PFIZER'S "groundbreaking" coronavirus vaccine could cost the UK taxpayer £600 million – ten times more than Oxford's.
The Covid jab, which the firm this week claimed is 90 per cent effective, is likely to cost at least £15 per dose – with two shots needed for it to work.
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It also needs to stored at temperatures of -78C with specially designed ice packs costing an eye- watering £50,000 each, it's reported.
By comparison, the home-grown vaccine being developed by Oxford could cost as little as £2.23, according to the Telegraph.
Both the university and manufacturer AstraZeneca has agreed not to profit from the jab, with trial results expected next week.
Encouraging interim findings from Pfizer and BioNTech's mass clinical trial earlier this week raised hopes that the pandemic may soon come to an end.
The NHS is on stand by to roll out either Covid jab, on the basis they are approved by regulators as safe to use.
Although the Government has yet to disclose full details of its deals with either pharmaceutical company, the US is being charged around £29.47 for two doses of the Pfizer vaccine.
While EU countries have been offered a dose of the Oxford vaccine for just £2.23.
Both jabs require people to have two doses, injected into the arm three or four weeks apart.
It means the cost of vaccinated one person could range between around £4.50 and £30.
Boris Johnson revealed on Monday that the UK has ordered 40 million doses of Pfizer's jab at an estimated cost of £588.4million.
In contrast, the 100 million doses of the Oxford vaccine which have already been bought cost much lower at £233million.
The Telegraph reports that the price of the Pfizer drug is likely to be higher for Britain because the US brokered a deal with the Biomedical Advanced Research and Development Authority (Barda) which helped to fund it.
Likewise, the UK has likely to have secured a discount for the Oxford vaccine, because it funded much of the research.
PM WILL HAVE JAB
The Prime Minister today vowed to have a coronavirus vaccine when one becomes available.
The PM's official spokesman said: "Any vaccines which are determined for use will undergo a vigorous series of safety checks, they will be absolutely safe for the public to use.
"And the Prime Minister would therefore, of course, be very happy to take the vaccine himself."
During Prime Minister's Questions in the Commons, Mr Johnson said science has given the country "two big boxing gloves" in the form of a possible vaccine and testing.
It comes as England's deputy chief medical officer said he would be happy to work evenings and weekends to vaccinate people himself.
Professor Jonathan Van-Tam also said he had told his own mother to get ready to receive the vaccine.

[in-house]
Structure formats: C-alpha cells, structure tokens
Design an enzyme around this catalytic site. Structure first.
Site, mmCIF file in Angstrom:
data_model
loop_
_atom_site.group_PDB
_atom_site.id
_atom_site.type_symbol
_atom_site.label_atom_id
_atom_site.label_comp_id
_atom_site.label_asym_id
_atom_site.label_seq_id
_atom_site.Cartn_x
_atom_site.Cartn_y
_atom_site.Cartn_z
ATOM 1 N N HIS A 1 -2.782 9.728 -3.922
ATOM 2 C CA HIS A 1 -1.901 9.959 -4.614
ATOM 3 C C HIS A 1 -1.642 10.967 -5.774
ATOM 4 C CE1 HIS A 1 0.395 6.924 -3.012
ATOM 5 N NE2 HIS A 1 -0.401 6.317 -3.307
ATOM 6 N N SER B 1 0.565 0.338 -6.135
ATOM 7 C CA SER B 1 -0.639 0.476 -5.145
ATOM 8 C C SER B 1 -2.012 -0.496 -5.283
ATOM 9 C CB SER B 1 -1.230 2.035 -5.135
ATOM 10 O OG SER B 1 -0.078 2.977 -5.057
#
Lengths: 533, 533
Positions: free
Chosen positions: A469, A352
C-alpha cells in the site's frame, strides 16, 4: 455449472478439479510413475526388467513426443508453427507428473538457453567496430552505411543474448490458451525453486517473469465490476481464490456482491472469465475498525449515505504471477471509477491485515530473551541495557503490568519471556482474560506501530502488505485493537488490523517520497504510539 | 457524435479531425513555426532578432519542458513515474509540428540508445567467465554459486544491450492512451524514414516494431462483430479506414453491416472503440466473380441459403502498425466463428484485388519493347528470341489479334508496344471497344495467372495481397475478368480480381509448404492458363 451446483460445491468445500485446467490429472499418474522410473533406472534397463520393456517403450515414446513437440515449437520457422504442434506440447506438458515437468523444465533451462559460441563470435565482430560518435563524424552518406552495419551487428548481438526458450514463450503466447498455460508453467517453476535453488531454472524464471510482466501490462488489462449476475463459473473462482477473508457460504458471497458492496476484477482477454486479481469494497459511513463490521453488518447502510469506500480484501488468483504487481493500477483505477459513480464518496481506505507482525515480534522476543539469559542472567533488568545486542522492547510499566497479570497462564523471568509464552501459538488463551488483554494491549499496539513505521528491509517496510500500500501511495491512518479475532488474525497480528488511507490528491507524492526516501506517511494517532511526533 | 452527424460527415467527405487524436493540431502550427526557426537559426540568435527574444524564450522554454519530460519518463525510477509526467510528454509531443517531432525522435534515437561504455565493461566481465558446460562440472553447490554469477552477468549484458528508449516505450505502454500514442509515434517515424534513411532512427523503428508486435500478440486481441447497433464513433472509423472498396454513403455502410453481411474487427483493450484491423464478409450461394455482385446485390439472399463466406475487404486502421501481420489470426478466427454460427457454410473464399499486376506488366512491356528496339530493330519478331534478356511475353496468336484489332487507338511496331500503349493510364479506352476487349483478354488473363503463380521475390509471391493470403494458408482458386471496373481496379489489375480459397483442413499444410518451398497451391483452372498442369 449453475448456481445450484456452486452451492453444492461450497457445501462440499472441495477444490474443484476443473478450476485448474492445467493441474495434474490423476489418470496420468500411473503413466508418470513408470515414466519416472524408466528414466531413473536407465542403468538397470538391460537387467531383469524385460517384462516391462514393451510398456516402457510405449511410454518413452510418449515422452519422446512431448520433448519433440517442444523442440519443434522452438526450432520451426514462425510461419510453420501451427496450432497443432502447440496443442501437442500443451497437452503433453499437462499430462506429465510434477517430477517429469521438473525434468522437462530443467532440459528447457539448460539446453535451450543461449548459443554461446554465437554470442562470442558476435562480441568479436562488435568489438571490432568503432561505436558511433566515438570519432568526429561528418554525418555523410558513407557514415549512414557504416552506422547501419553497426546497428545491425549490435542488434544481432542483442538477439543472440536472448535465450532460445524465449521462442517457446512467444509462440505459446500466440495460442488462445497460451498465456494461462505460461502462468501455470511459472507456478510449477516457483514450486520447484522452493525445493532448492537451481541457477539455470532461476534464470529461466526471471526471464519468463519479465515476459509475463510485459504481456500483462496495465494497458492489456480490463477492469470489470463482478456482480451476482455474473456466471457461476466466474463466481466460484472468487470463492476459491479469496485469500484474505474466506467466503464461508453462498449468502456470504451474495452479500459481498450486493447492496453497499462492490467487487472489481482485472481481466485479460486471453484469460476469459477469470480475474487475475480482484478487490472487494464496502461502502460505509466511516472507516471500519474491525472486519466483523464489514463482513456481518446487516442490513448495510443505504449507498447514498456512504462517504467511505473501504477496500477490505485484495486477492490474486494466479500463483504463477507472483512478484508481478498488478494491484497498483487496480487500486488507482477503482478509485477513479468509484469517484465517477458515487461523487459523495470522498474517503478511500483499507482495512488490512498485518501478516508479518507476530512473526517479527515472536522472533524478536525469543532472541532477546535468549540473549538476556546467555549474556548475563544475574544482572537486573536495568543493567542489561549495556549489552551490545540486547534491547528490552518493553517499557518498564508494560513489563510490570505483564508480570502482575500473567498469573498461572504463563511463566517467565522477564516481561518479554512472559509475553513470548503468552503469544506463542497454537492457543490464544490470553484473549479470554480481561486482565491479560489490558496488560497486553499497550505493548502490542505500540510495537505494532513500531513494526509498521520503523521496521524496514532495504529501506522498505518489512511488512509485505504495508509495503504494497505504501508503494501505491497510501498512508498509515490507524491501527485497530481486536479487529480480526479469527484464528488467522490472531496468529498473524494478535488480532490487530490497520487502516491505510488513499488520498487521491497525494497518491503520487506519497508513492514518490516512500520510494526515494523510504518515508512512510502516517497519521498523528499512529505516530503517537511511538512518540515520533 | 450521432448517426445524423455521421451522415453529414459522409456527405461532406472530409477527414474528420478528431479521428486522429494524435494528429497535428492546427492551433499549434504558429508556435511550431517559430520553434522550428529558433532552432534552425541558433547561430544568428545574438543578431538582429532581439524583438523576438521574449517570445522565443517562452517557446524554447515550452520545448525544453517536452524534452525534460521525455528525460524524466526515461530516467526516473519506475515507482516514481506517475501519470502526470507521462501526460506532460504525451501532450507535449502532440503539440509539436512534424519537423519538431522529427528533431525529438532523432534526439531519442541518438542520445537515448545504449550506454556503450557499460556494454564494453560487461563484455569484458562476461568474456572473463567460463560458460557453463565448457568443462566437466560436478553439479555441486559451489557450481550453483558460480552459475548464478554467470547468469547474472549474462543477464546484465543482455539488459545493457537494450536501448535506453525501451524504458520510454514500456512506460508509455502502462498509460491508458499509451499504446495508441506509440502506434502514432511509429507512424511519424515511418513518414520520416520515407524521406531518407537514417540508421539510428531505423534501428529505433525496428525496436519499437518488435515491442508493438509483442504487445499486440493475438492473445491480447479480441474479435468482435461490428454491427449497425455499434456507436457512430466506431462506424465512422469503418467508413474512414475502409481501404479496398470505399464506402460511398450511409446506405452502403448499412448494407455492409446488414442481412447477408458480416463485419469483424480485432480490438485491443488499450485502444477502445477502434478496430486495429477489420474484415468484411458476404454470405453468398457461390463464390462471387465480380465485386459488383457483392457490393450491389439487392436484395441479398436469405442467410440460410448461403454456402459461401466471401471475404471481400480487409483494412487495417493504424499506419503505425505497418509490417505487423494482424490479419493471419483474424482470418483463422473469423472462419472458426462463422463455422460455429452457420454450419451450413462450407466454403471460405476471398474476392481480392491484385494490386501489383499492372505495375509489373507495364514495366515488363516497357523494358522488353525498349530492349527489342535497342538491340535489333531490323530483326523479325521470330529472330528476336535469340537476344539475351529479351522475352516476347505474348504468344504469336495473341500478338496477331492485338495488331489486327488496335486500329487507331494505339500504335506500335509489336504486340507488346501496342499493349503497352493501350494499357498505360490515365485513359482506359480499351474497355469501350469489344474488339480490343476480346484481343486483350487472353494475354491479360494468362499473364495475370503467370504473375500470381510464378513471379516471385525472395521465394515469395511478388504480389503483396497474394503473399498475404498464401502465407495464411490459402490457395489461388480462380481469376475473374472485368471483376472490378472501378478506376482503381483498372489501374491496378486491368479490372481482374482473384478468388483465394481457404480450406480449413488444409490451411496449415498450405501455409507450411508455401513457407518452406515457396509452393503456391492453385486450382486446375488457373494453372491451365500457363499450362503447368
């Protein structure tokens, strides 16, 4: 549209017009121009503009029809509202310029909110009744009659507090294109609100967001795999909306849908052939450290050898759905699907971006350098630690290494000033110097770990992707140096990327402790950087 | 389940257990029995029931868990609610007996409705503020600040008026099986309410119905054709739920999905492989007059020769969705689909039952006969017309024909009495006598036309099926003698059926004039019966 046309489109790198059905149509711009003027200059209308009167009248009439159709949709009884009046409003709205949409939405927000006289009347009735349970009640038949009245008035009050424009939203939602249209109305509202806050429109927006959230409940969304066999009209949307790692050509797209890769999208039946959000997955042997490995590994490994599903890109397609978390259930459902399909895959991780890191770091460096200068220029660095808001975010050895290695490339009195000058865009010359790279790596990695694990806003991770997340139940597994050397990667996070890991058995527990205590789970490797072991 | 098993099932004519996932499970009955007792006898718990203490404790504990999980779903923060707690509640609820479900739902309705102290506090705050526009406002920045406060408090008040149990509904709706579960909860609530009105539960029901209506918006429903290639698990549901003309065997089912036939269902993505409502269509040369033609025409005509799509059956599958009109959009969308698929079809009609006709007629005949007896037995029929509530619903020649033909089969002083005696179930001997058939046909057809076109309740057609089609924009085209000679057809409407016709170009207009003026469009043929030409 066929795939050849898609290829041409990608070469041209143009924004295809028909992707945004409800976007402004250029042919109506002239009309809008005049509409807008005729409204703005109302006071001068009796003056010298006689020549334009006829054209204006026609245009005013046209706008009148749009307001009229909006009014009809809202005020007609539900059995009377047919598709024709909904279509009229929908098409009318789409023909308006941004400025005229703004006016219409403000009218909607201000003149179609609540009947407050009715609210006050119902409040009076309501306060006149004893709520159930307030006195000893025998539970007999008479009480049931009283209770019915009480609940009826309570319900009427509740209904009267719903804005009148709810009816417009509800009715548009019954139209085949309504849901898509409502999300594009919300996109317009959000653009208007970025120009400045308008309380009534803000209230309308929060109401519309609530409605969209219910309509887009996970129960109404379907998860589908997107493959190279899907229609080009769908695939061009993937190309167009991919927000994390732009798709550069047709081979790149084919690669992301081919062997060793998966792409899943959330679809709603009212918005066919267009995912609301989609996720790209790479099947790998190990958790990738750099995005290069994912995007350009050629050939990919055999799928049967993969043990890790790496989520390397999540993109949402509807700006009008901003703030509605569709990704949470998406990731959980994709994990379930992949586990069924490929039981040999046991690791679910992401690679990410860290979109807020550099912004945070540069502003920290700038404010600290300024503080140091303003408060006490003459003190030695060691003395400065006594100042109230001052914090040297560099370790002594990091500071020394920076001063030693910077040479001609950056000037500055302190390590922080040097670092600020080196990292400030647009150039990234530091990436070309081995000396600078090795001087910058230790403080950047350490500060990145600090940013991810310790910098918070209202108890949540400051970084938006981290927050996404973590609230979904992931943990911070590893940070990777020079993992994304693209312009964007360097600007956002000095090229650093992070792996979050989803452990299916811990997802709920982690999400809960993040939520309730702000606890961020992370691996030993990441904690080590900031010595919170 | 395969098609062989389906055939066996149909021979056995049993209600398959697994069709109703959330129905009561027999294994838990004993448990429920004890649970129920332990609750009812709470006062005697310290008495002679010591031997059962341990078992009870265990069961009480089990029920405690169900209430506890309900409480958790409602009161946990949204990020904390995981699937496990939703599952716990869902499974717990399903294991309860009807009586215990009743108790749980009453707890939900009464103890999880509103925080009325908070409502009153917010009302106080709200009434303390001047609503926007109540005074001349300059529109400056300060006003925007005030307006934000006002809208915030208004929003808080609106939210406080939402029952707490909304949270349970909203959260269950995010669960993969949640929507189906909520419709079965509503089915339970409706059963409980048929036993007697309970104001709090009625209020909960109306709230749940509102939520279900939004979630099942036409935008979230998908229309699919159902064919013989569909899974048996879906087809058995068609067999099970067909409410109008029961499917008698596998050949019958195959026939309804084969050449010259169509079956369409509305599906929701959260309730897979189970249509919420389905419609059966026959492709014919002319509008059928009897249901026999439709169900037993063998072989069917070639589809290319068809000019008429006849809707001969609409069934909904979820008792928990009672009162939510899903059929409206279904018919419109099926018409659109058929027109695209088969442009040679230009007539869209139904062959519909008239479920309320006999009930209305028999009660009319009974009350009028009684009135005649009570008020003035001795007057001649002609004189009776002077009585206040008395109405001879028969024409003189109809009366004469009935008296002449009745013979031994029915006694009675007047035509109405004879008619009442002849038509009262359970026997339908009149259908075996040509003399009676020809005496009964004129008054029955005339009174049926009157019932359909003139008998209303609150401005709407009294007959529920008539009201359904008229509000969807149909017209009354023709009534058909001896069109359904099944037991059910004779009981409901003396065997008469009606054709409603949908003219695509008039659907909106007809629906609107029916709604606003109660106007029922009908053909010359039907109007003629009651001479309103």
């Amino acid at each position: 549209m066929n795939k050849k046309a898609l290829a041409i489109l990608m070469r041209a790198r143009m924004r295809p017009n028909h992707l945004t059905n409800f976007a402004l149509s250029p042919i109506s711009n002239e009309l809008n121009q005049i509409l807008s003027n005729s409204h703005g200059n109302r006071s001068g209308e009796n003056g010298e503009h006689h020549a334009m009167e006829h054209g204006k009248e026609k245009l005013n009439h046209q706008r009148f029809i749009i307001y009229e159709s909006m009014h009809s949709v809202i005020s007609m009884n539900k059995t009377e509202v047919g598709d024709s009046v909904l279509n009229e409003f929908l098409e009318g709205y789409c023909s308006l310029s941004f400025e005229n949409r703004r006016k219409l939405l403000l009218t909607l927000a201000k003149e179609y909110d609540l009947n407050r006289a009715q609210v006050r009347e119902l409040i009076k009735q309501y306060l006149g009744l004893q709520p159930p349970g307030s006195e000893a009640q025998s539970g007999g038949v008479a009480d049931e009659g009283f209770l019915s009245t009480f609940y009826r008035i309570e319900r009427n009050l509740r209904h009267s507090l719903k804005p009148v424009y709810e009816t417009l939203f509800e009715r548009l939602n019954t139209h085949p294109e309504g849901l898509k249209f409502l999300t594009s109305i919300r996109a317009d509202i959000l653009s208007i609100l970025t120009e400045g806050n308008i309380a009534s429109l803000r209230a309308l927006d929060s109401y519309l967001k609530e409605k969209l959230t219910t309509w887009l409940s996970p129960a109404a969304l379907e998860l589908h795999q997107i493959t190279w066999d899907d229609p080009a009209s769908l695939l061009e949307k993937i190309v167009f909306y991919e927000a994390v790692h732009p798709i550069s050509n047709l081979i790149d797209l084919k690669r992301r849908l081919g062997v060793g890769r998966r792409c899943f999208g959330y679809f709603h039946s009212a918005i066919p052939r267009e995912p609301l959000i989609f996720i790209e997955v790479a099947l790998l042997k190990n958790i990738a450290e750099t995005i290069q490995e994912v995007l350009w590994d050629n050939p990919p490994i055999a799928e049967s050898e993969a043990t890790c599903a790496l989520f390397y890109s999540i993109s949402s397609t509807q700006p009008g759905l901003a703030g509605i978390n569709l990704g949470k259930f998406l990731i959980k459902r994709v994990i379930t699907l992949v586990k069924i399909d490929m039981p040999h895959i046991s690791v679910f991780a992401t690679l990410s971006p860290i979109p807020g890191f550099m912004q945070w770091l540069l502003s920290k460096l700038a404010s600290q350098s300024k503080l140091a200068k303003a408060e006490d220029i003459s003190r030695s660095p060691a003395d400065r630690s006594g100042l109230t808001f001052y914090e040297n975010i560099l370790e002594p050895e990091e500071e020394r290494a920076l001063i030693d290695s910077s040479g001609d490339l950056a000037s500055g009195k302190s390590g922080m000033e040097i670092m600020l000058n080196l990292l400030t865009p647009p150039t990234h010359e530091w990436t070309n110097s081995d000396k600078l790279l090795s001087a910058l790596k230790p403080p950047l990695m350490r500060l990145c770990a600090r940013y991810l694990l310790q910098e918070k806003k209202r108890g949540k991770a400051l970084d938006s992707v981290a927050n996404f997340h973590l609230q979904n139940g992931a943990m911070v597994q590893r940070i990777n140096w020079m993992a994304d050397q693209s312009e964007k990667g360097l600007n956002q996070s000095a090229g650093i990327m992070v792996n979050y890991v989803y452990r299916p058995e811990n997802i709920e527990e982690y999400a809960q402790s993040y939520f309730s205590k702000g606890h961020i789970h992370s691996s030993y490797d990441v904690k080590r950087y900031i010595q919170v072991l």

He told a Downing Street press conference that Britain is poised for the "most important vaccination programme we've done for decades".
Earlier, Professor Robin Shattock, from Imperial College London, said the UK needs "a toolbox as full as possible" of different vaccines and added that several may come on stream shortly.
He said he is "really hopeful" that Oxford University and AstraZeneca's vaccine will report its results soon, with others following shortly after.
He told BBC Breakfast: "All these vaccines will have different levels of immunity and may be useful for different populations, so we need as many vaccines as possible to be able to combat this pandemic, and make them globally available."
An Imperial College vaccine Prof Shattock is working on uses a similar technology to that of Pfizer and BioNTech.
Responding to Pfzer's news, Prof Shattock said: "It's still early but this is the first evidence this is a vaccine-preventable disease and that is a big boon to everybody working on vaccines."
Asked what stage the Imperial vaccine is at, Prof Shattock said his team will select the final dose next month and will then begin larger clinical trials in the UK, with the potential of seeking regulatory approval next summer.
On whether vaccines are safe for people with underlying health conditions, Prof Shattock said safety in these groups will be closely monitored.
"That's another reason why we need a range of vaccines, because some vaccines may work better in people with different underlying conditions," he said.
"It's important to have a toolbox as full as possible, so we can make sure there is something that works for everybody."
Prof Shattock also sought to reassure people generally that vaccines are safe, saying the long-term side-effects of Covid-19 are "way more dramatic" than those from a vaccine.
"That equation is very clear in my mind," he said. "Vaccines are exceptionally safe medicines and they prevent really serious disease."
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